[JPL] Hybrid Music From a Hybrid Ensemble

r durfee rdurfee2003 at yahoo.com
Thu Oct 25 12:29:33 EDT 2007


October 22, 2007
Music Review| David Sánchez
Hybrid Music From a Hybrid Ensemble 
By NATE CHINEN
"La Leyenda del Cañaveral," the long-form composition
he unveiled on Wednesday night at Zankel Hall,
concerns itself with the movement of slaves from
Africa to the Caribbean, and the resulting hybrid
culture; the title means "The Legend of the Cane
Plantation." As performed by Mr. Sánchez with a
sextet, it was potent and impressive, though perhaps
not always in the ways intended.

The suitelike piece, which had its premiere in Mr.
Sánchez's native Puerto Rico this spring, extends a
theme he originally tapped for his album "Melaza,"
released on Columbia in 2000. What prompted him to
pick it up again was a poem of the same name written
by one of his sisters, Margarita Sánchez de León. "The
cadence of the poem was really strong," he said from
the stage, adding that he had used that cadence as a
guide.

This sounded promising, but when the Puerto Rican
rapper SieteNueve joined the ensemble to recite
"Melaza," at the beginning and end of the suite, he
came across as an interloper. The poem's text — a
terse incantation, arresting and entirely unsubtle —
served essentially the same purpose as the melodic
head in a bebop tune.

Whatever shortcomings this indicated were redeemed by
the music. Just after the first recitation ended, the
band spiraled up into a 10/8 ostinato, and the
guitarist Lage Lund ventured one of the evening's best
solos. His approach was inquisitive, a meeting of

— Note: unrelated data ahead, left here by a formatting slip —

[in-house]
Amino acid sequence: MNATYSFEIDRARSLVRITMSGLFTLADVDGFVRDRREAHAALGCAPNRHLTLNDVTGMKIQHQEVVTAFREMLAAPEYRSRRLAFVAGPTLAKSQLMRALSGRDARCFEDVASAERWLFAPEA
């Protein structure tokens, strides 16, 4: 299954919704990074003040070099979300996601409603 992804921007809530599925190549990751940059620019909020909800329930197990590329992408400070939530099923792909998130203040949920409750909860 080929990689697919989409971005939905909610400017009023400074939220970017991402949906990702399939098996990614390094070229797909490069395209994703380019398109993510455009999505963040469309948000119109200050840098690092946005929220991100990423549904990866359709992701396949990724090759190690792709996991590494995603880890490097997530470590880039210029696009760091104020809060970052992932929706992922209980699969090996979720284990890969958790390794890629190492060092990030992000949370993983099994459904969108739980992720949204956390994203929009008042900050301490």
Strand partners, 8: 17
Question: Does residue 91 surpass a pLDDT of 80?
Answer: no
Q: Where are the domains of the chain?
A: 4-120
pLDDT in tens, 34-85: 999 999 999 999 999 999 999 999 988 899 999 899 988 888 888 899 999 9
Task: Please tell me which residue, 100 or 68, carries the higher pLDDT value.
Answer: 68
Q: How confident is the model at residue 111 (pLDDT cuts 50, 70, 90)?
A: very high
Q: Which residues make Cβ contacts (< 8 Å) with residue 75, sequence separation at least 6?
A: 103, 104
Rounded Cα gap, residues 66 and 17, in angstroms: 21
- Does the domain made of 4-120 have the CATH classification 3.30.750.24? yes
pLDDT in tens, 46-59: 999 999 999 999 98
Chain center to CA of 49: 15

artful hesitation with fluid technique. And he
developed an arc with his improvisation, calmly
driving the rhythm section toward a boiling point.

Mr. Sánchez, taking the next solo, started quietly,
over a decelerated groove. He has become a connoisseur
of tone on the tenor, and here he made it sound
gemlike and clear. The drummer Henry Cole exercised
rigorous control behind him, pushing the tempo while
careful not to overwhelm. Eventually, inevitably, both
Mr. Sánchez and Mr. Cole were bashing at peak levels,
and skirting the edge of control.

Holding everything together was a fiercely
concentrated band dynamic. And here was the unspoken
point about migration and its positive aftereffect.
While Mr. Sánchez and Mr. Cole hail from Puerto Rico,
Mr. Lund comes from Norway. The bassist Hans
Glawischnig is Austrian, the percussionist Pernell
Saturnino is from Curaçao and the pianist Robert
Rodríguez was born of Cuban heritage in New York.

Under the direction of Mr. Sánchez, these cultural
distinctions were transcended even as they were
absorbed. The sound of the group fulfilled a polyglot
ideal, and in a way that didn't feel belabored. When
Mr. Sánchez trusted that sound most, his music
functioned best.

The David Sánchez Group performs on Friday at the
Firefly Club in Ann Arbor, Mich., and on Saturday and
Sunday at Andy’s Jazz Club in Chicago.



http://www.nytimes.com/2007/10/22/arts/music/23sanchezwebonly.html?ref=music

Roy Durfee
P.O. Box 40219
Albuquerque, New Mexico 87196-0219
rdurfee2003 at yahoo.com

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